The global object should not be the "global scope instance object"

Brendan Eich brendan at mozilla.org
Fri Jan 27 15:06:33 PST 2012


> Allen Wirfs-Brock <mailto:allen at wirfs-brock.com>
> January 27, 2012 11:41 AM
> On Jan 26, 2012, at 4:57 PM, Brendan Eich wrote:
>>> <script src="someLib.js"  type="application/javascript" async="async" id="lib1"></script>
>>> <script src="anotherLib.js"  type="application/javascript" async="async"id="lib2"></script>
>>> <script src="baseApp.js"  type="application/javascript" async="async" id="base" after="lib1"></script>
>>> <script src="extraApp"  type="application/javascript" async="async" after="lib2,base"></script>
>> Because that's brittle and slow -- you don't care about order, you typically just want to race and exploit as much parallelism as possible, given host CPU(s), the intervening network, TCP connection sharing/limits/etc.
>
> But the ordering dependencies are real.

This is not the right argument. Developers generally do not need to 
partially or totally order dependencies except in the degenerate partial 
sense of "all must load before I can rely on my functions". There are 
exceptional cases of progressive loading and dependency, but those are 
handled via non-async <script> vs. element-with-event-handler order.

Developers know how to turn on their app when DOMContentReady or 
whatever fires. That means most async script load scheduling can and 
should be left to the browser implementation.

>   If you don't explicitly identify them and they also aren't implicitly recognized then your application will be unreliable.

People build reliable web apps all the time using onload et seq.


>> I'm pretty sure the collisions-are-rejected thing is going to burn. It's the opposite of what people not only abuse (unknown latent bugs), but absolutely use and rely on today, with var and function among scripts.
>
> With STL we would be saying that if you need redefinition/multiple definition behavior you need to continue to use var and function or you need to refractor to use modules/export/input.  But you can't use naked let/const.

I understand the proposal, but my response is that instead of a 
migration path from var to let at top-level (non-strict), you're making 
a higher barrier: var to let-in-module and proper modularization.

Not the end of the world, mind you -- plausible and perhaps winning on 
balance.

>   Some people would get burned by this and conclude that var is always preferable to let.  But others would learn about modules.  In either case, we would have a consistent semantics for let/const.  BTW, we should make sure that modules can actually support the use cases that need such multi/redefinitions.  I think it is mostly various ways of doing polyfill like things.

Yup. Those will use var and global property testing for a while to come.

>>> also raises issues like, what scope does an indirect eval use?  I haven't head anyone recently advocating for TLpSi.  You can achieve almost the same thing using SQ by wrapping a block around each script body.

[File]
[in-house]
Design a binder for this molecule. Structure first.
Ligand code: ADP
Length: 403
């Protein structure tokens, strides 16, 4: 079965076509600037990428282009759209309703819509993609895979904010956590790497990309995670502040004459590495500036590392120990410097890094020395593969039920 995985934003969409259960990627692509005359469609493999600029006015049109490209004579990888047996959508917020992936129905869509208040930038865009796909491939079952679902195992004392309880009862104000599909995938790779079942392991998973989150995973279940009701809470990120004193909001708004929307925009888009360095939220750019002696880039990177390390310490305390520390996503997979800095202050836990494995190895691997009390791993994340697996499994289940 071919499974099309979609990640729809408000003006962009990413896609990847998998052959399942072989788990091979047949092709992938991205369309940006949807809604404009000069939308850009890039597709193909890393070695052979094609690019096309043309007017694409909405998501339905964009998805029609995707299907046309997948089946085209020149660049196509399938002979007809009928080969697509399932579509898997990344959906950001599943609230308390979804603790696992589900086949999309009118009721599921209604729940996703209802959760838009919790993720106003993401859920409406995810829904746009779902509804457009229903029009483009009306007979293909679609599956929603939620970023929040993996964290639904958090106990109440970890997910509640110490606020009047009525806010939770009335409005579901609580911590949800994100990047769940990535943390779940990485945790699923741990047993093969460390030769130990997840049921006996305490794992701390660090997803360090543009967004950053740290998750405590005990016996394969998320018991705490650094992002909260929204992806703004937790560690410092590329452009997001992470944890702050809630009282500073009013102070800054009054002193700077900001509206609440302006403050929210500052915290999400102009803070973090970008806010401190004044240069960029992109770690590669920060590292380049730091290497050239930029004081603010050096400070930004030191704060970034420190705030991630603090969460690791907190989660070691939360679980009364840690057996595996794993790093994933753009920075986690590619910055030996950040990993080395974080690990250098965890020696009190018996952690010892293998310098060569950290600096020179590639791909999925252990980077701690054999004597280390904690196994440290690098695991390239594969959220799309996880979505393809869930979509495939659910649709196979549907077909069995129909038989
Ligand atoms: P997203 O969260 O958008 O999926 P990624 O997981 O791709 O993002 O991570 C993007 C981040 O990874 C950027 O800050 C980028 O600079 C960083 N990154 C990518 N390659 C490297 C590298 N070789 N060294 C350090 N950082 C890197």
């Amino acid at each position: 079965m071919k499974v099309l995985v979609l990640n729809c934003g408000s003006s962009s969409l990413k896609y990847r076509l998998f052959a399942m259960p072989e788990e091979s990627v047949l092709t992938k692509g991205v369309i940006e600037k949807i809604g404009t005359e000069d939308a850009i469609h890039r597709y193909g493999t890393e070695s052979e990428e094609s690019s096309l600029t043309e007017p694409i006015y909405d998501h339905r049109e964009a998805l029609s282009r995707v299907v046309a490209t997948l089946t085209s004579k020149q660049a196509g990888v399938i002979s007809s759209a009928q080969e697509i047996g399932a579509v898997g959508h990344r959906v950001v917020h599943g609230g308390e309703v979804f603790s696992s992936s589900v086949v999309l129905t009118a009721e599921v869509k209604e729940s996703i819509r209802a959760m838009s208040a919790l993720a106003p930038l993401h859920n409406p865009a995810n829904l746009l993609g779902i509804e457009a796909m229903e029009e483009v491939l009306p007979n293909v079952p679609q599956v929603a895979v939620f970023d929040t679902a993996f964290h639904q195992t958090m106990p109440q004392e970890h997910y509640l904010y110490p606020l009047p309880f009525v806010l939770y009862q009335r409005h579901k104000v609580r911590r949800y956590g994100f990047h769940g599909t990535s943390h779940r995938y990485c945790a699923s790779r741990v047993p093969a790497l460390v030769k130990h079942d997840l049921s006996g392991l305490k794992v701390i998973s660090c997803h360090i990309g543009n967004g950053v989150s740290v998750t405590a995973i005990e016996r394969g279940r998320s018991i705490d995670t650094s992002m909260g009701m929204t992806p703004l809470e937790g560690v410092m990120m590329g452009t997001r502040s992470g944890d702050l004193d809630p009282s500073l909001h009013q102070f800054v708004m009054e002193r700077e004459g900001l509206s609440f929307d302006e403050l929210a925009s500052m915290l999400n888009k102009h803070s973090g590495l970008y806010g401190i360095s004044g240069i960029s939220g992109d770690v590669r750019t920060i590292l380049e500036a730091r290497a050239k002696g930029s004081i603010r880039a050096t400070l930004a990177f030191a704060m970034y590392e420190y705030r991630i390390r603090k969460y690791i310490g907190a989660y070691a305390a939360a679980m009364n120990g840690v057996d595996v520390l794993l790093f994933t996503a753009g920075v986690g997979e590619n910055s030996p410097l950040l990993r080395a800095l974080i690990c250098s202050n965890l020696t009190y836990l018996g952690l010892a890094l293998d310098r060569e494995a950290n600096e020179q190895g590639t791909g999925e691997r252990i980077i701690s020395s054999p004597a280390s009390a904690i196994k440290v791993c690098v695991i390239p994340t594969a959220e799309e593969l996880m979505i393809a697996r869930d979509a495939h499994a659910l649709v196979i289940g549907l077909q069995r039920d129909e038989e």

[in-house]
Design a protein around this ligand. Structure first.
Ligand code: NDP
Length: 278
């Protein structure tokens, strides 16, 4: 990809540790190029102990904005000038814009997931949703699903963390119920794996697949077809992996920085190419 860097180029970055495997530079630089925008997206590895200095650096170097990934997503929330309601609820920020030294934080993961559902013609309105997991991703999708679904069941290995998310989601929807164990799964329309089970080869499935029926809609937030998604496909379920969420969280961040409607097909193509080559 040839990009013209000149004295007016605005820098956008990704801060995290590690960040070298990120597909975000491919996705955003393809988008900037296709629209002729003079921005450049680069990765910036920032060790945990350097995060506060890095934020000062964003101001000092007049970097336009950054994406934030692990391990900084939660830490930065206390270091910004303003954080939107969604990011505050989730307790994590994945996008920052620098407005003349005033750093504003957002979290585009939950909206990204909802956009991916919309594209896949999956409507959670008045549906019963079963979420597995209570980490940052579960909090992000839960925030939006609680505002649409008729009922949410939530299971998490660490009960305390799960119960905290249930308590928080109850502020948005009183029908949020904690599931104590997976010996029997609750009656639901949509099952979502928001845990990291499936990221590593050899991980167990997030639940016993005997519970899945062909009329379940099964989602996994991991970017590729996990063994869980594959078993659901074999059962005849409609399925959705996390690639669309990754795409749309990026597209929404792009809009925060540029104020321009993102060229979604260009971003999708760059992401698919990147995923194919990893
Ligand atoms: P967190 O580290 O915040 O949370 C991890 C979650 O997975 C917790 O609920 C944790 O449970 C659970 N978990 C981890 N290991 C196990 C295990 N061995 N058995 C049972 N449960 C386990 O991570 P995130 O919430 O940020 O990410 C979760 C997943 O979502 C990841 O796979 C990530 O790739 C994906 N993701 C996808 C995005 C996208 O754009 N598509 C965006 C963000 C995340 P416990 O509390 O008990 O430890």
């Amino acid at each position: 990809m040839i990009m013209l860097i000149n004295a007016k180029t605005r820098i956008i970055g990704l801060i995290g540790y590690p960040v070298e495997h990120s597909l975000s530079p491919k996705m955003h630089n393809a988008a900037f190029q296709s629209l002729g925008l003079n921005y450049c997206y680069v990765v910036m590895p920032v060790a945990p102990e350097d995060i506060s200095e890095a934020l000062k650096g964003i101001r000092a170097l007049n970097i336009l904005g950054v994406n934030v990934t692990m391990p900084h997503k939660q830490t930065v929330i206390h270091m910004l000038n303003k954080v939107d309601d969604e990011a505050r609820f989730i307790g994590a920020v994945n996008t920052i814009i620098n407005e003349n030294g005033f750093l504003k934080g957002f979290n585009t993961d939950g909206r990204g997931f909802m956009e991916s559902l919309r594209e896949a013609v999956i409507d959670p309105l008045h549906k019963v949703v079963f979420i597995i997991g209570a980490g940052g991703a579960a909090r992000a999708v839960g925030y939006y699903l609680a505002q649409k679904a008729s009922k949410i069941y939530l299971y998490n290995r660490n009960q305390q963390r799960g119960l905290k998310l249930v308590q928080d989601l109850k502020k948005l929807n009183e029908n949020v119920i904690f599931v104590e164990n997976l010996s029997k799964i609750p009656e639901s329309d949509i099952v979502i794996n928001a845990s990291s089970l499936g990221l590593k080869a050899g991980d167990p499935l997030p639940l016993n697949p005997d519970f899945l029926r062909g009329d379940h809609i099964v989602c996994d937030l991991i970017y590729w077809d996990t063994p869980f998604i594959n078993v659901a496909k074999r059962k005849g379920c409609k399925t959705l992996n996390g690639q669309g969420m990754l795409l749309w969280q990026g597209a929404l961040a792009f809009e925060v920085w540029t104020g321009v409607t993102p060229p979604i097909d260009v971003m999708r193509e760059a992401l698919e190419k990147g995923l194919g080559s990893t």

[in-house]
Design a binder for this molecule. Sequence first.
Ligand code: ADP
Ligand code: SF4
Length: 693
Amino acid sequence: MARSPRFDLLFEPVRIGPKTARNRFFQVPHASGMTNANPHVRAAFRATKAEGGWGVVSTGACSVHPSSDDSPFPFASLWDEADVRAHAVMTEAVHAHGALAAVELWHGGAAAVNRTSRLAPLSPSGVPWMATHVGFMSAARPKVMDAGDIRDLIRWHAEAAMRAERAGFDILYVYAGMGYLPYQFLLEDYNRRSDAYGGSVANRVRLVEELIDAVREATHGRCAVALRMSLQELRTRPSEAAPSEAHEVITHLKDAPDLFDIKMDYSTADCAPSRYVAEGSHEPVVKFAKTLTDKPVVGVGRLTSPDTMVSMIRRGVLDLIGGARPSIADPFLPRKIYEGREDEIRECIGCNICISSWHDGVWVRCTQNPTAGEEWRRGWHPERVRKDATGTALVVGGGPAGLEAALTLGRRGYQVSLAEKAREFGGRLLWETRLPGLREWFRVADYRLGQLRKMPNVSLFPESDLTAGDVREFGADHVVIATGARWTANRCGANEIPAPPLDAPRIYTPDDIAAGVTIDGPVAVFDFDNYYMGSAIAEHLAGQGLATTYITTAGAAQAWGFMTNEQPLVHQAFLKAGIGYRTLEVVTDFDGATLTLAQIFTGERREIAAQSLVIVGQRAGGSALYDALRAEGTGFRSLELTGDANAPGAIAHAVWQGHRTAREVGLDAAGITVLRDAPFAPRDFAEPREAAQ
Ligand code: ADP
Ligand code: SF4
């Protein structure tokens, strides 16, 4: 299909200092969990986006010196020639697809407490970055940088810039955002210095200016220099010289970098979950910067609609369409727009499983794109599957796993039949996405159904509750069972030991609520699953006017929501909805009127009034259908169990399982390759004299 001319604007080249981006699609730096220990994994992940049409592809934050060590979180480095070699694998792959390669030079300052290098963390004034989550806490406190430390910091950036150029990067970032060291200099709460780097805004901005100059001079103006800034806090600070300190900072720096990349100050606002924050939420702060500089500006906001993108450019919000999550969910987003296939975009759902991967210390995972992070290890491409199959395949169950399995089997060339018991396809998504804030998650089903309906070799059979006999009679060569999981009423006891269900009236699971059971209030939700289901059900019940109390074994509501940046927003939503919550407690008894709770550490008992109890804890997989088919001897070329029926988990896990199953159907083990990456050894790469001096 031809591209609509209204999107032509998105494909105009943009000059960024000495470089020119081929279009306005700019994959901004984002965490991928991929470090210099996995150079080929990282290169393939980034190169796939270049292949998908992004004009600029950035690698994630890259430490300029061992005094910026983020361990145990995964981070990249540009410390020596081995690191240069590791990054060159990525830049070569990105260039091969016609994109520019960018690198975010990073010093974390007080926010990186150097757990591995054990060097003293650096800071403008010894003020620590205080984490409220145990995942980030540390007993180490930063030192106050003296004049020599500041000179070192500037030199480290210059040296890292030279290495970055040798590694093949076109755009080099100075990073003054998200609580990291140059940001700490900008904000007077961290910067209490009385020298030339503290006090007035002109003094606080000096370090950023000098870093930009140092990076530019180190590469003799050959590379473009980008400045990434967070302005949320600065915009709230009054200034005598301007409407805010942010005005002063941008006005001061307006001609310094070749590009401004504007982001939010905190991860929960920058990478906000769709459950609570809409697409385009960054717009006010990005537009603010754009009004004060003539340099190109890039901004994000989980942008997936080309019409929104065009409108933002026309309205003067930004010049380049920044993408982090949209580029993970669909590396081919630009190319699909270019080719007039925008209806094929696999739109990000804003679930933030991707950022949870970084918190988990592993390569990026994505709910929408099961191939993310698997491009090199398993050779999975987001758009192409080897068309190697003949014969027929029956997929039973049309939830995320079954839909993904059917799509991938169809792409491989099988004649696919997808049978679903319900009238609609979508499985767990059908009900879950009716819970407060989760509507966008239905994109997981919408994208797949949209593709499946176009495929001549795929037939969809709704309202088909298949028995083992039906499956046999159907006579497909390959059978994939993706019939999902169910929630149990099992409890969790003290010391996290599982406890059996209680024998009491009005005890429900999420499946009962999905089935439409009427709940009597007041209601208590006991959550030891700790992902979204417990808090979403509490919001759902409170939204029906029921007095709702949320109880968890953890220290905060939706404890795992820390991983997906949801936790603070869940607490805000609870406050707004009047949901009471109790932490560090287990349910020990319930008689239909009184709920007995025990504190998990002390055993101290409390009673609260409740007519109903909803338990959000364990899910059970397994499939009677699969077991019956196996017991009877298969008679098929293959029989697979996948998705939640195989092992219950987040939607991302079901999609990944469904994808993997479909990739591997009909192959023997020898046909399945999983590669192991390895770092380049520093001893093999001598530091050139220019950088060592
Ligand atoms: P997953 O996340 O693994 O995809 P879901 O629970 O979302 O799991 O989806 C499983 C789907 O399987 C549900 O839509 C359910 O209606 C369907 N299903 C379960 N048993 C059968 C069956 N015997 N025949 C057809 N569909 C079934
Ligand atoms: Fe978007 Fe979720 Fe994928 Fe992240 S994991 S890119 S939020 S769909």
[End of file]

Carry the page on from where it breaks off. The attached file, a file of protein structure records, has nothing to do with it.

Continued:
>> Right, although TLpSi is still attractive as a parallel to function bodies, where we agreed body-level let has to bind in a body block that shadows parameters and vars. Not much of a plus but it's a plausible alternative.
>
> did you just say that this is legal:
>
> function f() {
>      var b;
>      let b;
> }
>
> and interpreted as:
>
> function f() {
>      var b;
>      { let b; }
> }

I didn't say that. Your

https://mail.mozilla.org/pipermail/es-discuss/2012-January/019817.html

has two alternative rules, either way var vs. let at top level for a 
given name is an error.

> I kind of like TLPSi, but I think it would be counterintuitive for web developers who write in-line scripts such as:
>
> <script>
> const debug = true;
> </script>
> <-- a bunch of html -->
> <script>
> if (debug) {...}
> </script>
>
> If we only had src based scripts it might be the right thing...

Yes, making either or both of those out-of-line may change developer 
expectations. TLpSi seems better with any out-of-line (out of sight is 
out of mind!) script.

>>> In general, when I start think about the ways that lexical declarations in separate scripts might interact I run into issue that are probably best resolved using modules. I'm inclined to favor the simpler solution and leave it to modules to deal with managing actual interdependencies cases.
>> Is STL the simplest solution for users?
>
> It avoids issues like:
>
> <script>
> const debug = true;
> function f1 () {
>      if (debug) log(...);
>      ...
> }
> </script>
> <script>
> const debug = false;
> function f2 () {
>      if (debug) log(...);
>      f1();     // but this logs regardless
>      ...
> }
> </script>
> <script>
> let debug=false;  //this has no effect
> f1();
> f2();
> </script>
>
> the behavior of this under TLpSn is perfectly normal given lexical scoping.  However, there is no physical nesting so it is likely to be surprising to many users.

But a nasty hard error with STL is better? Again out-of-line scripts and 
hacking modally file by file may just leave frustrated users. Module 
bodies are file contents and (without export) have isolated let and 
const at top level.

/be


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